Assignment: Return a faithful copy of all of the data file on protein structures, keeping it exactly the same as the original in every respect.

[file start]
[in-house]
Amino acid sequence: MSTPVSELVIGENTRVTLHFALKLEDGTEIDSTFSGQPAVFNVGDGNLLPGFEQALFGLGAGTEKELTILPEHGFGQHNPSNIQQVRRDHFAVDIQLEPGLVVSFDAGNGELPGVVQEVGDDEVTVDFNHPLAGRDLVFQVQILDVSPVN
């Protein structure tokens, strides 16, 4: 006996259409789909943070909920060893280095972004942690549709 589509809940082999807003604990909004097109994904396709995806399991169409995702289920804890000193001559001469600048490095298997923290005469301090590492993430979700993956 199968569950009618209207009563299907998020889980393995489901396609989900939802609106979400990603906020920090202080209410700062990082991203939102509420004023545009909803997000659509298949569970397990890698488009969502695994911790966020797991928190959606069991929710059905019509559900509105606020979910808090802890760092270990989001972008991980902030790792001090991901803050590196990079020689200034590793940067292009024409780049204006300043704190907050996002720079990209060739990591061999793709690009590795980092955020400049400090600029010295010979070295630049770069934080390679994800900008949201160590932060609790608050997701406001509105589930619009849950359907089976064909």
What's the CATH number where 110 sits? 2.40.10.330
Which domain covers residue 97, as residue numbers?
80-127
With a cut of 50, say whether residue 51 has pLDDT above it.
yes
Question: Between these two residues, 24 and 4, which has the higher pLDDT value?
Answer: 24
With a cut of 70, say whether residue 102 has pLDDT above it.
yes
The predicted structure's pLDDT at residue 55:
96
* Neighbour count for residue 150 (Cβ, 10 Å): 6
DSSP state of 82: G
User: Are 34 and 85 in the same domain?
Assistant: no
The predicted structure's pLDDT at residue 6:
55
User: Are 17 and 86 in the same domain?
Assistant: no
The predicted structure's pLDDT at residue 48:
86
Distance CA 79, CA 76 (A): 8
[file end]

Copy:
[in-house]
Amino acid sequence: MSTPVSELVIGENTRVTLHFALKLEDGTEIDSTFSGQPAVFNVGDGNLLPGFEQALFGLGAGTEKELTILPEHGFGQHNPSNIQQVRRDHFAVDIQLEPGLVVSFDAGNGELPGVVQEVGDDEVTVDFNHPLAGRDLVFQVQILDVSPVN
């Protein structure tokens, strides 16, 4: 006996259409789909943070909920060893280095972004942690549709 589509809940082999807003604990909004097109994904396709995806399991169409995702289920804890000193001559001469600048490095298997923290005469301090590492993430979700993956 199968569950009618209207009563299907998020889980393995489901396609989900939802609106979400990603906020920090202080209410700062990082991203939102509420004023545009909803997000659509298949569970397990890698488009969502695994911790966020797991928190959606069991929710059905019509559900509105606020979910808090802890760092270990989001972008991980902030790792001090991901803050590196990079020689200034590793940067292009024409780049204006300043704190907050996002720079990209060739990591061999793709690009590795980092955020400049400090600029010295010979070295630049770069934080390679994800900008949201160590932060609790608050997701406001509105589930619009849950359907089976064909």
What's the CATH number where 110 sits? 2.40.10.330
Which domain covers residue 97, as residue numbers?
80-127
With a cut of 50, say whether residue 51 has pLDDT above it.
yes
Question: Between these two residues, 24 and 4, which has the higher pLDDT value?
Answer: 24
With a cut of 70, say whether residue 102 has pLDDT above it.
yes
The predicted structure's pLDDT at residue 55:
96
* Neighbour count for residue 150 (Cβ, 10 Å): 6
DSSP state of 82: G
User: Are 34 and 85 in the same domain?
Assistant: no
The predicted structure's pLDDT at residue 6:
55
User: Are 17 and 86 in the same domain?
Assistant: no
The predicted structure's pLDDT at residue 48:
86
Distance CA 79, CA 76 (A): 8